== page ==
Thomas Merry, serving in his alehouse, hears a customer, Thomas Beech, talking cheerfully about how fortunate he is to have a score of pounds in savings. Merry vows to invent some "stratagem, / To bring his coyne to my possession" (sig. A4v). Aided in a variety of ways by his sister, Rachel, and his servant, Harry Williams, Merry kills Beech and his boy and steals Beech's money. The Italian plot moves up the social scale, but is equally about money and murder. A dying couple, Pandino and Armenia, bequeath four hundred pounds a year, plus two thousand in "money, Jewels, Plate and houshold stuffe" (sig. Blr) to their little son Pertillo, asking Pandino's brother Falleria to hold the estate in trust until their son comes of age. Once he has control of the money, Falleria hires murderers to slay Pertillo so the money can come to his own son, Allenso. Despite the fact that Allenso loves Pertillo and struggles to protect him, Falleria urges Allenso to "advance thyselfe / Above the height of all thine Auncestours" (sig. C2r). But Allenso replies, "I would not have him dye, / Might I enjoy the Soldans Emperie" (sig. C2r). In this Italian murder story, Allenso describes seeking social mobility by wealth in the heroic rhetoric of plays of the early 1590s. But instead of figuring anxiety about wealth and social mobility by tales of foreign conquest or domestic royal usurpation, now such concerns are domesticated into stories of greed and murder.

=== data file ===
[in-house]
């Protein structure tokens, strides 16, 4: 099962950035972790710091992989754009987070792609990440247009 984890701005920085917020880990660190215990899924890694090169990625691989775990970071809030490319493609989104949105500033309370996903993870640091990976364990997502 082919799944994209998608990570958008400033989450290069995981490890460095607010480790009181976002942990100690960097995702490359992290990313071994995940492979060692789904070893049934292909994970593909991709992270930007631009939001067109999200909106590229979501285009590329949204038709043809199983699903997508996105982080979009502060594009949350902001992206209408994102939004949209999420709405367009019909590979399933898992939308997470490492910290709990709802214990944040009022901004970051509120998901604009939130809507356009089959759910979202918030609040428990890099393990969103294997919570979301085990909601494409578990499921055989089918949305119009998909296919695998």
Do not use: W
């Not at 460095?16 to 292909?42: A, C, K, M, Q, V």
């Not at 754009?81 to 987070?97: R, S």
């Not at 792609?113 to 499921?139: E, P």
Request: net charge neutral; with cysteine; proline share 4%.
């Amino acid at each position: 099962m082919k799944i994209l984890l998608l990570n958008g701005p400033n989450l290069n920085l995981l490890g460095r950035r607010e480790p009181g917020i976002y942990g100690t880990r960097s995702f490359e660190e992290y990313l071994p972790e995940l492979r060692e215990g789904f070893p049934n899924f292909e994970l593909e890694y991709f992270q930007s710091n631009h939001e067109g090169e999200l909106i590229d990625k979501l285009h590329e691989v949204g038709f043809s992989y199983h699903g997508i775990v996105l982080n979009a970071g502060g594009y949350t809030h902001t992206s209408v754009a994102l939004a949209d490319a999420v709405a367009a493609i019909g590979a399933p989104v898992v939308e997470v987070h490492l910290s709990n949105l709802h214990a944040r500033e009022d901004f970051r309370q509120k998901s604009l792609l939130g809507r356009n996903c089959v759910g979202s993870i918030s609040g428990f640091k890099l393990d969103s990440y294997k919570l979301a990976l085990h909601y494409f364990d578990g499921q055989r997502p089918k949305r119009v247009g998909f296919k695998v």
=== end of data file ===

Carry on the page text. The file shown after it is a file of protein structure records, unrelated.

Truth reminds the audience at the end of the play of the commonalities among the Merry and Fallerio stories: "See here the end of lucre and desire / Of riches, gotten by unlawfull meanes" (sig. K2v). Murder and Covetousness can never prevail "Where faire Eliza Prince of pietie, / Doth weare the peace adorned Diadem" (sig. K3r). Truth, rather than Tragedy, has the last word in Two Lamentable Tragedies. But this play, like A Warning, is more self-aware about its status as a work of theater than Arden of Faversham. The Fallerio plot resolves itself in a game of disguises, which like any scene of disguise foregrounds the play's theatricality. Even more so, in mid-play, after Merry dismembers Beech's body on stage, Truth directly addresses the audience as "the sad spectators of this Acte" and asks, "Why shed you teares, this deede is but a playe" (sig. E2v). Whereas Arden in 1592 implied its links to printed tracts and tragicall histories, Two Lamentable Tragedies is very much a printed book of a play.